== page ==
"Sorcerer" was an even bigger disappointment. Eschewing a background in established fantasy literature the designers had instead made up a back story which failed to grab the imagination. The suggestion that you should write down the location of every counter each turn so time travel spells could work was frankly laughable.

Why the sudden bout of nostalgia? Well, I bumped into someone on holiday (we'll call him Gary, 'cos that's his name) in Laos who used to play SPI games in his 20s, then had to give them up as opponents moved away and family commitments came on board. We bonded over our mutual annoyance at "Cobra", shared a laugh over "Campaign for North Africa"(that Italian water rule!) and generally baffled some of the others in the party who had known Gary for 30 years or more and had never got this type of game.

Astonished to come across someone else who remembered the games and had even played some of them who furthermore only lived 40 minutes up the road it seemed like a good idea to meet up and play a few.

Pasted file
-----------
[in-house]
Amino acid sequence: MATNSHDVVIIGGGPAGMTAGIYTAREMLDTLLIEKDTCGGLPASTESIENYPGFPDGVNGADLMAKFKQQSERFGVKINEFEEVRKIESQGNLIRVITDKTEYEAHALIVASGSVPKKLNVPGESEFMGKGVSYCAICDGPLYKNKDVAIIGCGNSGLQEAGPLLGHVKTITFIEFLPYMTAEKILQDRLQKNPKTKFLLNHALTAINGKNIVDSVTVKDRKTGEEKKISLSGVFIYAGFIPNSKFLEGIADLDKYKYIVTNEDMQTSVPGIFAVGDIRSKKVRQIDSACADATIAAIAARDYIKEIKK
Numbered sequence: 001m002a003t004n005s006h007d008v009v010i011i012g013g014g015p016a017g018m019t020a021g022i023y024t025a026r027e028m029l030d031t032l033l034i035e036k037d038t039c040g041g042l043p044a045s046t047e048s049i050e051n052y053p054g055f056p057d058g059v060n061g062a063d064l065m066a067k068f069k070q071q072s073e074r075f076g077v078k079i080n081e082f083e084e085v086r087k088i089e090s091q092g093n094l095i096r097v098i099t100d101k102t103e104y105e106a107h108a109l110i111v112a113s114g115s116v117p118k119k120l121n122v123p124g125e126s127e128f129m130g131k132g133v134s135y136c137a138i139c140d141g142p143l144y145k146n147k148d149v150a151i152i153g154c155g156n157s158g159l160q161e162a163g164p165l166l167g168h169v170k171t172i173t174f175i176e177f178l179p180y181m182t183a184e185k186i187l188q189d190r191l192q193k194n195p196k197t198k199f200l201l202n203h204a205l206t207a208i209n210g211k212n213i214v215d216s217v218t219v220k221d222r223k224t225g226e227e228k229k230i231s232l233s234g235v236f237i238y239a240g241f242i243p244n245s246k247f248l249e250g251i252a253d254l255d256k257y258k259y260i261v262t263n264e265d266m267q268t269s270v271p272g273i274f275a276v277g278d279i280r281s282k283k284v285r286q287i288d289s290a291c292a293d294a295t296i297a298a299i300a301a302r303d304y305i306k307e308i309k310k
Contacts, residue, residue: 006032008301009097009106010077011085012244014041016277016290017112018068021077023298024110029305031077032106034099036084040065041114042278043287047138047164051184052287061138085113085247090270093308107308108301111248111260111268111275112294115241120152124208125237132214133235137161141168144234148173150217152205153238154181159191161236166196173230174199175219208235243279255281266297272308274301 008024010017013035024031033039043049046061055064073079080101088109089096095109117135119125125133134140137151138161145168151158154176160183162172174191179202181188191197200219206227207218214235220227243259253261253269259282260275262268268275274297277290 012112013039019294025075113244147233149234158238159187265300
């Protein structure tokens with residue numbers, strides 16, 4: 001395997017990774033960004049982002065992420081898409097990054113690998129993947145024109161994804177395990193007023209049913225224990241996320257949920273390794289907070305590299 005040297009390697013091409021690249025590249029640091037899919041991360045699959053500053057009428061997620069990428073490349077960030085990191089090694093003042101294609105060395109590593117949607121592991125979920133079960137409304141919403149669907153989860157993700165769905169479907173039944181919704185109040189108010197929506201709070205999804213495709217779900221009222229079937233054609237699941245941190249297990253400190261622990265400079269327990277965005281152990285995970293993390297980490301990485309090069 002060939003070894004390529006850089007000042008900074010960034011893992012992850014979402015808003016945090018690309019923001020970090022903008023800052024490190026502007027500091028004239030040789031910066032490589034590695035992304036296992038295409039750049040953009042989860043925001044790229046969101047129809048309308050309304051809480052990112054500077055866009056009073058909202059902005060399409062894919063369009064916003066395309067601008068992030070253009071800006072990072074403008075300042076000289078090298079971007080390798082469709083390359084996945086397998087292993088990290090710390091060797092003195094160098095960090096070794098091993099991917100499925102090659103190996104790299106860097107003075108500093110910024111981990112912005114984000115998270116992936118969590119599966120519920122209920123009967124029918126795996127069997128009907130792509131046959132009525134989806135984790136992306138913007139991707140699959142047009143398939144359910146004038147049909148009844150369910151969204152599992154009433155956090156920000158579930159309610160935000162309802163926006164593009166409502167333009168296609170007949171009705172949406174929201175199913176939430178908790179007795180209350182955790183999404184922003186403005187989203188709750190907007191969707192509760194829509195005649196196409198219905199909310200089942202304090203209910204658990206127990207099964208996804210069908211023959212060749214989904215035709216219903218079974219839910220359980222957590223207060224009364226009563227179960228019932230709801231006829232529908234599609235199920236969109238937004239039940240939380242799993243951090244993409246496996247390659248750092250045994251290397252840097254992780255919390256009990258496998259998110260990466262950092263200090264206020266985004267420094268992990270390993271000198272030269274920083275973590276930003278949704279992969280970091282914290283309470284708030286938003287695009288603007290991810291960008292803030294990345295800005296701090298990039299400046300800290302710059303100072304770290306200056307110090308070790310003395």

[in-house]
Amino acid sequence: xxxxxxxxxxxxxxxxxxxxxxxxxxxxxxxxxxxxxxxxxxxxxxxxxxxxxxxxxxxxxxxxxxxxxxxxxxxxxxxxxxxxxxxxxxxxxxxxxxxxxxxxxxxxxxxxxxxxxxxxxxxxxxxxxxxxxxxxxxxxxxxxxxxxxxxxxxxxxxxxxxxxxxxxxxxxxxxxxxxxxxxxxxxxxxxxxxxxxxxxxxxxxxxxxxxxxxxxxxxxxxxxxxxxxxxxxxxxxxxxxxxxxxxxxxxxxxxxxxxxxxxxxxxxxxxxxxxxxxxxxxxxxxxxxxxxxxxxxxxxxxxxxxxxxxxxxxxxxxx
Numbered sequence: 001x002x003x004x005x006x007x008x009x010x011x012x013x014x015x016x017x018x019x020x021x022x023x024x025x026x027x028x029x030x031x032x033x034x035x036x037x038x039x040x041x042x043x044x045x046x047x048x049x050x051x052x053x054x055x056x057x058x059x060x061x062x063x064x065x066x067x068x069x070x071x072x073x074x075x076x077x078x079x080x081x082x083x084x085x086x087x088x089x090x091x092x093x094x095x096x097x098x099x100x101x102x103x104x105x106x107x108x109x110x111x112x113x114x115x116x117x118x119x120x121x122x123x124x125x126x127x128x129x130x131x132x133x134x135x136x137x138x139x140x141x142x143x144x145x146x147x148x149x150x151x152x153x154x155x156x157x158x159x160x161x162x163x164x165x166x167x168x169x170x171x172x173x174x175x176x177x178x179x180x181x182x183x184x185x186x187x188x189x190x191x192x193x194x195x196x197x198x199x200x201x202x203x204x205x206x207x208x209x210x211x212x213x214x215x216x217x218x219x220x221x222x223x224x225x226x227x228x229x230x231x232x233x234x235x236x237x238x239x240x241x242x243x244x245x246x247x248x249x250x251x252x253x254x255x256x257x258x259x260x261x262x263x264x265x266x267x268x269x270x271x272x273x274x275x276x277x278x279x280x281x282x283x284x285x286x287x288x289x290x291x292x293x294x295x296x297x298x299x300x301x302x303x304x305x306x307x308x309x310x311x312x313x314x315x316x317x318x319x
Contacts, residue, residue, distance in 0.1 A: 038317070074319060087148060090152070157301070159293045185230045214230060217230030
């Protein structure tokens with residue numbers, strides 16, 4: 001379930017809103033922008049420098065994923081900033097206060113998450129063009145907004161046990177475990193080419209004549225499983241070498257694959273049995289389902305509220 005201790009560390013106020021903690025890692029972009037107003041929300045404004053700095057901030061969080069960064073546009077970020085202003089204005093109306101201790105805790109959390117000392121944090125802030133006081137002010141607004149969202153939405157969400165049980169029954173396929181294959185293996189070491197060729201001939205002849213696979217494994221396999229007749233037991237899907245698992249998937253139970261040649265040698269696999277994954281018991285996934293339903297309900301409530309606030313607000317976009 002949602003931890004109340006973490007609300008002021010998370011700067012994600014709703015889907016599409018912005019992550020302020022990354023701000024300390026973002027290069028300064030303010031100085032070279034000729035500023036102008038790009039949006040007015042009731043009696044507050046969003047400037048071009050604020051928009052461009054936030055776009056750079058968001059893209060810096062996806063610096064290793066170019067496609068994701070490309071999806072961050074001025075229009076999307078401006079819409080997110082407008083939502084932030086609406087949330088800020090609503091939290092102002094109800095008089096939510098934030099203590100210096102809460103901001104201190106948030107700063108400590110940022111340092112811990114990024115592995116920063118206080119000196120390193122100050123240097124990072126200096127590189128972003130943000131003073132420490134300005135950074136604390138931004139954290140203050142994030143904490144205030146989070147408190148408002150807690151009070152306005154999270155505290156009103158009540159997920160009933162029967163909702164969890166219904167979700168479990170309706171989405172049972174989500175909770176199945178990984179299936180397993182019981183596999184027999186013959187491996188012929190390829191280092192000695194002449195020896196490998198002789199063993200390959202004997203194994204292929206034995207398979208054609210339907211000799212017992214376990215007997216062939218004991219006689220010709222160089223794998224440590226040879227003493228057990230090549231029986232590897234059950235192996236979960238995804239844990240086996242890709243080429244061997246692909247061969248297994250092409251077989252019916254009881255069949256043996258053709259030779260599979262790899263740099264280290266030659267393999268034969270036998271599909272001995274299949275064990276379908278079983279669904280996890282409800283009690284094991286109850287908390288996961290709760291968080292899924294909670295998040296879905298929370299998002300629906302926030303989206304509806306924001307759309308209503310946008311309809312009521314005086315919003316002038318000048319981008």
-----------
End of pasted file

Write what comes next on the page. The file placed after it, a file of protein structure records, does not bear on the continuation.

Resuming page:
Several weeks ago we had a game of "Seelowe" - a four hour game that ended in a draw (designed by an American and they complain about cricket) - and intend to play some more.

My attempts to lay my hands on our collection have been frustrated. My brother took all of the games (except "Armada"*) when he left home and moved first into a rented flat and then got married and moved out permanently. A divorce and several house moves the length of the country means they've all gone missing (not helped as he suffered a brain injury in the last 5 years that affects his memory). He found "Sniper" and returned it, however. Great.

One of the games I'd forgotten we'd got was "Raid!", which is a generic commando raid game. I suspect we ignored it as we had the more sophisticated "Sniper", but it turns out it's a favourite of Gary's. I've therefore found the rules on line, and it clearly would work as a figure game. Possibly would work better as a figure game.

So I've been marking up a cloth with 3" off set squares today. They'll take four 30mm x 30mm bases from my Peter Pig PBI or AK47 collections, and are as good as hexes, so I reckon we're nearly there. Also, I reckon this is a gateway game to get Gary to play proper table top miniatures games.

Sneaky, aren't I?

* I'm sure I loaned my revised copy of Armada to Andy "Fergy" McKay who flat shared with Pete Berry for a while in the late 70s/early 80s. I'm equally sure I never got it back as our paths diverged and we lost touch. If anyone knows him, then pass on the message, - I'd be glad to catch up!